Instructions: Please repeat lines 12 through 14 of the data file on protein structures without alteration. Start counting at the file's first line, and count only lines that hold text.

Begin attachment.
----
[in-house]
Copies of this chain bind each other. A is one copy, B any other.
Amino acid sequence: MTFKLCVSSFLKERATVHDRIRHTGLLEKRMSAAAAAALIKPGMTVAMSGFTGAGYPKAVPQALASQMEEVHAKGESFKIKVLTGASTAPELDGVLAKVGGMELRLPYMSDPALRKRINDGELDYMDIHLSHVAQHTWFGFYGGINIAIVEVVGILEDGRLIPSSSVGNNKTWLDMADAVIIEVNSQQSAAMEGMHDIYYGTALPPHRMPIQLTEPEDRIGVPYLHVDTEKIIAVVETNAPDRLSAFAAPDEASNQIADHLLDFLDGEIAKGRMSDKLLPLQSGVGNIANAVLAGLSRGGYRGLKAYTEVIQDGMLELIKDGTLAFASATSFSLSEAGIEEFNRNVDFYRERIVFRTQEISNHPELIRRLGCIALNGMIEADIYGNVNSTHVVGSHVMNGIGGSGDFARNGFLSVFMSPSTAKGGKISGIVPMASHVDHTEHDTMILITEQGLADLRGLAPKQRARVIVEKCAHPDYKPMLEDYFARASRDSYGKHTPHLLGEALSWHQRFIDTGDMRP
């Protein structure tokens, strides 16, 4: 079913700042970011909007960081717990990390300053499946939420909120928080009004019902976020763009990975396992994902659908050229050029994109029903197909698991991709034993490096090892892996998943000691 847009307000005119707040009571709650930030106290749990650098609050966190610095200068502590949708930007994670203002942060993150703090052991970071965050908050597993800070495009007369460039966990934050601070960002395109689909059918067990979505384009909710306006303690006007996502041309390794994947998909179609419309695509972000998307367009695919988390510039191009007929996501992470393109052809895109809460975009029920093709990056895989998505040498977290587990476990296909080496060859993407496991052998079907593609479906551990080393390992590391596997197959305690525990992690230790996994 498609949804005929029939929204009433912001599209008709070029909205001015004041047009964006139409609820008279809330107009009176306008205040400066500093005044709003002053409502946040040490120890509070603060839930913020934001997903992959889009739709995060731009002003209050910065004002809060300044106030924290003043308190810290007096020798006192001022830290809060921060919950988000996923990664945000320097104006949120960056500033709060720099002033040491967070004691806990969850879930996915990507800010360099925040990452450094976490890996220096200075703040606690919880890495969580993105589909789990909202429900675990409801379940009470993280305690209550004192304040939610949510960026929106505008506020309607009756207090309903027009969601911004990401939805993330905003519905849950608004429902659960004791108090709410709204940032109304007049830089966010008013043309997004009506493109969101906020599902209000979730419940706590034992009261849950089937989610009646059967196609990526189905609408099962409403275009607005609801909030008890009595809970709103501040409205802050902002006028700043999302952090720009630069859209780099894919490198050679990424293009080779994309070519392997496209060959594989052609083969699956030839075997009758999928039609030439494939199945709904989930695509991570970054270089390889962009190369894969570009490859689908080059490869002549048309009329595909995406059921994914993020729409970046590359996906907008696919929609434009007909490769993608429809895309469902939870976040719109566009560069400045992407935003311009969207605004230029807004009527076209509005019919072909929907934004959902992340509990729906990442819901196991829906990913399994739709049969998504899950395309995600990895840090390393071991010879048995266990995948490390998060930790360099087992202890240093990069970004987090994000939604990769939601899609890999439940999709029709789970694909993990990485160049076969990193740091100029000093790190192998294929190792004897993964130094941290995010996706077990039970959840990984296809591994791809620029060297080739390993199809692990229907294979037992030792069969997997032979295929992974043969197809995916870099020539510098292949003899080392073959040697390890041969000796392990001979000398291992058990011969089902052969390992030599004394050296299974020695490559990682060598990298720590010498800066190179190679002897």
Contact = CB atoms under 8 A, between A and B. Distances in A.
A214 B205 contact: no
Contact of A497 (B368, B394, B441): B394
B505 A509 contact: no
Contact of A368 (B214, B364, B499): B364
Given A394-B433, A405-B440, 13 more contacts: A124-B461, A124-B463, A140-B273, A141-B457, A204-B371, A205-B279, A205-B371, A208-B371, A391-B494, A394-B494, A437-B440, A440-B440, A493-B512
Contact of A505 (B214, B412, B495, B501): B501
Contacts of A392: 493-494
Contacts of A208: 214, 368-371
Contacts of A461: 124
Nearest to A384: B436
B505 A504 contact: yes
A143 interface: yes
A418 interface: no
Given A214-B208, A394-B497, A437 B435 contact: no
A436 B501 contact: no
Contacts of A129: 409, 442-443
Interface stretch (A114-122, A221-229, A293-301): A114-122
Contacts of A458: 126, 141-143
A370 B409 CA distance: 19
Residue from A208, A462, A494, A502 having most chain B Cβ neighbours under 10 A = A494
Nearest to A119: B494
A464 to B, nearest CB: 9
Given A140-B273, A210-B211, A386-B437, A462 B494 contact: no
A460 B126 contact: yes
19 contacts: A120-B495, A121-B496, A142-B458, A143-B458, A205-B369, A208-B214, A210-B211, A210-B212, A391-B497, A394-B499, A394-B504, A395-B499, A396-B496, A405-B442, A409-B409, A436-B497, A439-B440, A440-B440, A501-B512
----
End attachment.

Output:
Contacts of A392: 493-494
Contacts of A208: 214, 368-371
Contacts of A461: 124